8. Limitless Security
In addition to facilitating great leaps forward in medicine, quantum technology also brings the possibility of virtually unbreakable cyber security barriers and super secure long-distance communication.
Within the world of quantum weirdness, exists a phenomenon known as “quantum entanglement,” in which two or more particles are mysteriously connected, regardless of the medium that exists between them and without any identifiable signaling. This is what Einstein famously referred to as “spooky action at a distance.” And since there is no tangible medium through which these two particles communicate, signals encoded using entangled particles would be impossible to intercept. The science needed for this technology is still underdeveloped; however, such communication would have an enormous impact on private and national security.
Drastically increased computing speed would also lend a hand to increased cybersecurity, since the exponentially greater processing power of quantum computers will allow them to withstand even the most sophisticated hacking methods, through quantum encryption. “Quantum computing will definitely be applied anywhere where we’re using machine learning, cloud computing, data analysis,” says Kevin Curran, a cybersecurity researcher at Ulster University. “In security that [means] intrusion detection, looking for patterns in the data, and more sophisticated forms of parallel computing.” Quantum computers would essentially be able to anticipate the “moves” of a hacking computer by millions—possibly billions—of steps ahead.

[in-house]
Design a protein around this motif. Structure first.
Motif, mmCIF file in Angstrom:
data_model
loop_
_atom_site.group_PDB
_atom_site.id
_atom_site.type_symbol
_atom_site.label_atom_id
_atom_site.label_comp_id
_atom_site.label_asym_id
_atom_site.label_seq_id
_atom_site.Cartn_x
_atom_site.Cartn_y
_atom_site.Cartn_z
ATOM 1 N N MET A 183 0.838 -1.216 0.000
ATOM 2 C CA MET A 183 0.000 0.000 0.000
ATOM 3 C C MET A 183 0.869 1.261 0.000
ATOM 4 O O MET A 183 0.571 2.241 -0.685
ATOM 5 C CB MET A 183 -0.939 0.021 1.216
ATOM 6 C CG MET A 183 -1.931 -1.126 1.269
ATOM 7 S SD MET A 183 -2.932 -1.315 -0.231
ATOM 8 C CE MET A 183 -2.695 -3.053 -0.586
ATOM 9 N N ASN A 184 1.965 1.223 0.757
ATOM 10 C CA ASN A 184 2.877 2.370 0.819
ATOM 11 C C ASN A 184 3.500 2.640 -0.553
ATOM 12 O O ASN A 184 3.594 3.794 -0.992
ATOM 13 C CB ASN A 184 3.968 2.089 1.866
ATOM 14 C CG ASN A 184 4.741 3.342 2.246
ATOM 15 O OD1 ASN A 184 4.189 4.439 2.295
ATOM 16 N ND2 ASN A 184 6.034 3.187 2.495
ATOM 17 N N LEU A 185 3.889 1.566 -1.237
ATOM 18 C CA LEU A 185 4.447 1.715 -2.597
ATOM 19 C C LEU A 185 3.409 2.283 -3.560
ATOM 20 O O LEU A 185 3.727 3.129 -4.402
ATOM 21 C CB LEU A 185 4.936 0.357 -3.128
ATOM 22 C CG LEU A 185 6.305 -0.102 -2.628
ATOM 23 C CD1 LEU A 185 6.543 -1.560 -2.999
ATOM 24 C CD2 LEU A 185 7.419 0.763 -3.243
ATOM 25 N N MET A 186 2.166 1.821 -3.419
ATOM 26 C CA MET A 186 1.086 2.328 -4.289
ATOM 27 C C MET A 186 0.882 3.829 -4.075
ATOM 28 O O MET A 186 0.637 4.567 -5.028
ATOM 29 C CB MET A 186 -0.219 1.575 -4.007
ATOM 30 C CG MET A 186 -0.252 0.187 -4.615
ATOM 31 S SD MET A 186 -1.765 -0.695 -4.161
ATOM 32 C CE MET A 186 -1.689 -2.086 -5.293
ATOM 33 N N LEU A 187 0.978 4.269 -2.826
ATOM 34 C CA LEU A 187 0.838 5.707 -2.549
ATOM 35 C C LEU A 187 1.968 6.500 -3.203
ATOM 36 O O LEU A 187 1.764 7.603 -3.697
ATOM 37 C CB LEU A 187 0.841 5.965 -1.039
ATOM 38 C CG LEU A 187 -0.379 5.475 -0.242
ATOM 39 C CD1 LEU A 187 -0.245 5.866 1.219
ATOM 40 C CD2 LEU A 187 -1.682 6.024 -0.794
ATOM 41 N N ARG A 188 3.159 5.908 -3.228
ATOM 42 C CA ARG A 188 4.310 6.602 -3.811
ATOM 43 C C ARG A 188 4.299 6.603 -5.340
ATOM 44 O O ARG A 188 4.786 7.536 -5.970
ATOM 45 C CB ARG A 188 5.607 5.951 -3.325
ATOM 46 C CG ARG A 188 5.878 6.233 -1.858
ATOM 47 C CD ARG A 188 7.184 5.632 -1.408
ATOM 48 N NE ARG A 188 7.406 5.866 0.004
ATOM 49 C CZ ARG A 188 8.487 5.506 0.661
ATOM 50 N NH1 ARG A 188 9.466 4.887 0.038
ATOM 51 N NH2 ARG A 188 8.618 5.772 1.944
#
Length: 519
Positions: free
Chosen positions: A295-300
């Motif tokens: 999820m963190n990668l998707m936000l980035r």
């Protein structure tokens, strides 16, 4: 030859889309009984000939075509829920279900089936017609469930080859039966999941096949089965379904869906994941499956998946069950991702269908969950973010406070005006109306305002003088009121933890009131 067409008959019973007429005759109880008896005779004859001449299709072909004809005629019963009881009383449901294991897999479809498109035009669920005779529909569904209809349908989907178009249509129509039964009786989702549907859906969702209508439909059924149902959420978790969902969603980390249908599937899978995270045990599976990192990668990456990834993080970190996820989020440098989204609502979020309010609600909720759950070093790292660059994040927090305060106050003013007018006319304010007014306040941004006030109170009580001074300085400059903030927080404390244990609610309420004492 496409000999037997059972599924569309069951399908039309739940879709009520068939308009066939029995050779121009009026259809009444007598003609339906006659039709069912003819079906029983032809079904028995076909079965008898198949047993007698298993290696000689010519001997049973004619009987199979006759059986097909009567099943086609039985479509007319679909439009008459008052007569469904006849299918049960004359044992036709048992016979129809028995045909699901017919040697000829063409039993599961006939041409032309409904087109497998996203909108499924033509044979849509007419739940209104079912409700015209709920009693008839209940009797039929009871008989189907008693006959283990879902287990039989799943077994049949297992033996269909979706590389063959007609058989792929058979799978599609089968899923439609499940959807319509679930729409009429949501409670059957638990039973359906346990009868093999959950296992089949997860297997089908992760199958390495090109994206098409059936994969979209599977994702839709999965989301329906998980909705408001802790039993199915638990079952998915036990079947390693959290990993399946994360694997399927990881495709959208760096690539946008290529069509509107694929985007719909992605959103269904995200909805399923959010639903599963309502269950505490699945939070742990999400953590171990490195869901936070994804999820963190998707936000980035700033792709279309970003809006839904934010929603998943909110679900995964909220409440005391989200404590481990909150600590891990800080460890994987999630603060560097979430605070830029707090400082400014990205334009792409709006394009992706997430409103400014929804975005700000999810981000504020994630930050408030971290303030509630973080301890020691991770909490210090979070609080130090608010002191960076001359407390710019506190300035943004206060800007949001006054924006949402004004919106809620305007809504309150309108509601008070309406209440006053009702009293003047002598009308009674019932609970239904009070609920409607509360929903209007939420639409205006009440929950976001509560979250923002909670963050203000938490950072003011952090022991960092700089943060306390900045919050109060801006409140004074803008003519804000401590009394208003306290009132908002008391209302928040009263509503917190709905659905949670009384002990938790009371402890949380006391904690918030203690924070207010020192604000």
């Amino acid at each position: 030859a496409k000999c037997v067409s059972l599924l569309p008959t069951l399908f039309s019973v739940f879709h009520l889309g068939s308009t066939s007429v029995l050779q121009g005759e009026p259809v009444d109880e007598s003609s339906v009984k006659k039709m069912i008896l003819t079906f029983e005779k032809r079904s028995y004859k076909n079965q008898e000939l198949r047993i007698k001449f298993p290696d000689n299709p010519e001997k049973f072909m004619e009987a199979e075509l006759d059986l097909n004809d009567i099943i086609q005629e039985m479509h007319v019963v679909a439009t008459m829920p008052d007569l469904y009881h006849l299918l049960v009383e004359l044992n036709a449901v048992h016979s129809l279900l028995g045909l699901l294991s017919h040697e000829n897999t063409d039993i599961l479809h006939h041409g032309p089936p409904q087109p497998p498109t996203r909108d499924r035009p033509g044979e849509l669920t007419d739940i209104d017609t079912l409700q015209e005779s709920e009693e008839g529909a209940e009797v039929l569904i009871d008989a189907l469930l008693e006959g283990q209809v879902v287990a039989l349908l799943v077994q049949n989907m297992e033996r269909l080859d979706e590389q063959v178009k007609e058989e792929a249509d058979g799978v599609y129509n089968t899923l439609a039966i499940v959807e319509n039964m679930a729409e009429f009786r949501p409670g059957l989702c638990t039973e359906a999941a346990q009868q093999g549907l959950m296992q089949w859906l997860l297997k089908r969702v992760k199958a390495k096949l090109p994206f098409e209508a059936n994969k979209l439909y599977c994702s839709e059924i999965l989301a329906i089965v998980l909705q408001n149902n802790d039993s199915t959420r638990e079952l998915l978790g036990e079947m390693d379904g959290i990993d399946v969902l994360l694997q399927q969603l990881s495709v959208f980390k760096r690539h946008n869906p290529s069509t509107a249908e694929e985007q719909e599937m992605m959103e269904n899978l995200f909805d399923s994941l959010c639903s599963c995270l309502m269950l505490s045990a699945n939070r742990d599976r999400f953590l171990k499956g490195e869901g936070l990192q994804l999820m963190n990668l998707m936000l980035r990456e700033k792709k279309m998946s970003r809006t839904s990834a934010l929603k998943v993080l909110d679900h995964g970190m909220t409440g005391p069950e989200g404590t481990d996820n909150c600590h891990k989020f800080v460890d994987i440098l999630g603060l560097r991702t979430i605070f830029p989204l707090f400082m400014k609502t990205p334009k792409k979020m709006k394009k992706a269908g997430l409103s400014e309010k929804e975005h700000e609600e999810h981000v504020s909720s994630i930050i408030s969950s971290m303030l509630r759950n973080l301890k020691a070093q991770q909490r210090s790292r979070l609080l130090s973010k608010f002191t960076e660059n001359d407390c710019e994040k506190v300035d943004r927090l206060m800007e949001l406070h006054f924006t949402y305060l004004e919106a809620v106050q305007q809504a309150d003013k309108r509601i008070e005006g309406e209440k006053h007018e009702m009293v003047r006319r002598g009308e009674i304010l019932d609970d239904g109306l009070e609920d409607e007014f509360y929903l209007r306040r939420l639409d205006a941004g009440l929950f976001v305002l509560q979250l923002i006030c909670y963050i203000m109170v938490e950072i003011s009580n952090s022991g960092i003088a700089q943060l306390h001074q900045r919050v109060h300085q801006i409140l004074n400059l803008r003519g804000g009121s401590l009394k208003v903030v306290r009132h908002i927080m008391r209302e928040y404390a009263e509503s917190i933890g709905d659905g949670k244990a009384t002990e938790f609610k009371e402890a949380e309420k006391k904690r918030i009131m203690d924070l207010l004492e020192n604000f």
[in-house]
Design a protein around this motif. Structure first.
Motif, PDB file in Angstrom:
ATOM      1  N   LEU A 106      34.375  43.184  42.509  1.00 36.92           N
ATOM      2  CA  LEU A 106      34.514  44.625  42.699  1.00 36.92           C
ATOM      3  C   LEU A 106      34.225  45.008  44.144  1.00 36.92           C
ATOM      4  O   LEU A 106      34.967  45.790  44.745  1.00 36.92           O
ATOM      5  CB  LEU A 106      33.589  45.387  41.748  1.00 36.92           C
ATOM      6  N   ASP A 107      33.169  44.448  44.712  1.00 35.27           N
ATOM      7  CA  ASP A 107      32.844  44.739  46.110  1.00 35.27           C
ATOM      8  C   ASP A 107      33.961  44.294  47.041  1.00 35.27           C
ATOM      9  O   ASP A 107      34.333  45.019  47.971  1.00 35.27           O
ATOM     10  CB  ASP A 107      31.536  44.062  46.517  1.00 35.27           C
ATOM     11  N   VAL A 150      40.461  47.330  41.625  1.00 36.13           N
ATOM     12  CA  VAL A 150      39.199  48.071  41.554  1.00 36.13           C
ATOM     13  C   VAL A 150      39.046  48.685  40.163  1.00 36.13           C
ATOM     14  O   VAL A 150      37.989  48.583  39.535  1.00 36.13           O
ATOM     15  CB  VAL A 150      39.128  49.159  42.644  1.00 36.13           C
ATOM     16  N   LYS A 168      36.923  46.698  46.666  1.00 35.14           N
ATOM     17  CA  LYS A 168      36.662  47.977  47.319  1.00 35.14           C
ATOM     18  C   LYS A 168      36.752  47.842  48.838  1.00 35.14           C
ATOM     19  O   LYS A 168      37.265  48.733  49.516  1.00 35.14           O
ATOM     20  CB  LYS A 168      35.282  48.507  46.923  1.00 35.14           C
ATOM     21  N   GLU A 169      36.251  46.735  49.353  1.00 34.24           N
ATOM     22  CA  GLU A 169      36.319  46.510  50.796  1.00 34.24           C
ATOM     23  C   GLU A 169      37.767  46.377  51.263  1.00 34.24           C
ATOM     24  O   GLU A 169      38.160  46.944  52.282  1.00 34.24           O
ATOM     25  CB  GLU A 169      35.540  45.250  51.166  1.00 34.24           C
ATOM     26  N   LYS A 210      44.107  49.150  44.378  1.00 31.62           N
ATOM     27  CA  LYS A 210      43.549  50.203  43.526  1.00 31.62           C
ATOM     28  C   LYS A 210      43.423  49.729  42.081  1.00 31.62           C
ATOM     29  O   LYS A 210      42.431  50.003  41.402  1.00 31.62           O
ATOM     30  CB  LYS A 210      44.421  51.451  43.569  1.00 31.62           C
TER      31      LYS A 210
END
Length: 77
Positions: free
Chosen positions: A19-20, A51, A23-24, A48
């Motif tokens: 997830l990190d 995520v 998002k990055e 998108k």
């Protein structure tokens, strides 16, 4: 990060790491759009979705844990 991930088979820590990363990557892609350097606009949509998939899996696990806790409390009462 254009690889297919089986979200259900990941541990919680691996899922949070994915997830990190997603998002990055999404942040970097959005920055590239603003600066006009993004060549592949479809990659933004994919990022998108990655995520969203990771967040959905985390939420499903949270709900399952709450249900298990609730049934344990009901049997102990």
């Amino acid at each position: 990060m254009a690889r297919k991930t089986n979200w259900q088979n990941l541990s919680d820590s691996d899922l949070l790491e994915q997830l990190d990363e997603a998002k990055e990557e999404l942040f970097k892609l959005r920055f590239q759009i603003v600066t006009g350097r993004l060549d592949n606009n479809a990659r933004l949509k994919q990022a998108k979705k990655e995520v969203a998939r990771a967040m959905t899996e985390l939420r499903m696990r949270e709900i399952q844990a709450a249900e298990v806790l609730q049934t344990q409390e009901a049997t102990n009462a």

7. Limitless Hacking
Of course, with great power comes great responsibility, and the same quantum power that will allow encryption to be taken to new heights could potentially allow hackers to effortlessly unravel the most elaborate security measures put in place by relatively primitive machines.
Today’s most elaborate cryptographic techniques tend to be based on extraordinarily difficult mathematical problems. And while these problems are enough to deter most binary supercomputers, they would be easily cracked by a quantum computer. A quantum computer’s ability to find patterns in enormous data sets with incredible speed will allow them to factor large numbers (a feat that remains perhaps the greatest barrier for hackers), which today’s computers can only do by trying option after option until one “fits.” With qubits and quantum superposition, all possible options would be able to be tested simultaneously.
Indeed, it took roughly two years and hundreds of computers working simultaneously to unlock a single instance of the RSA-768 algorithm (which has two prime factors and requires a key that is seven hundred and sixty-eight bits long). A quantum computer would be able to complete the same task in a fraction of a second.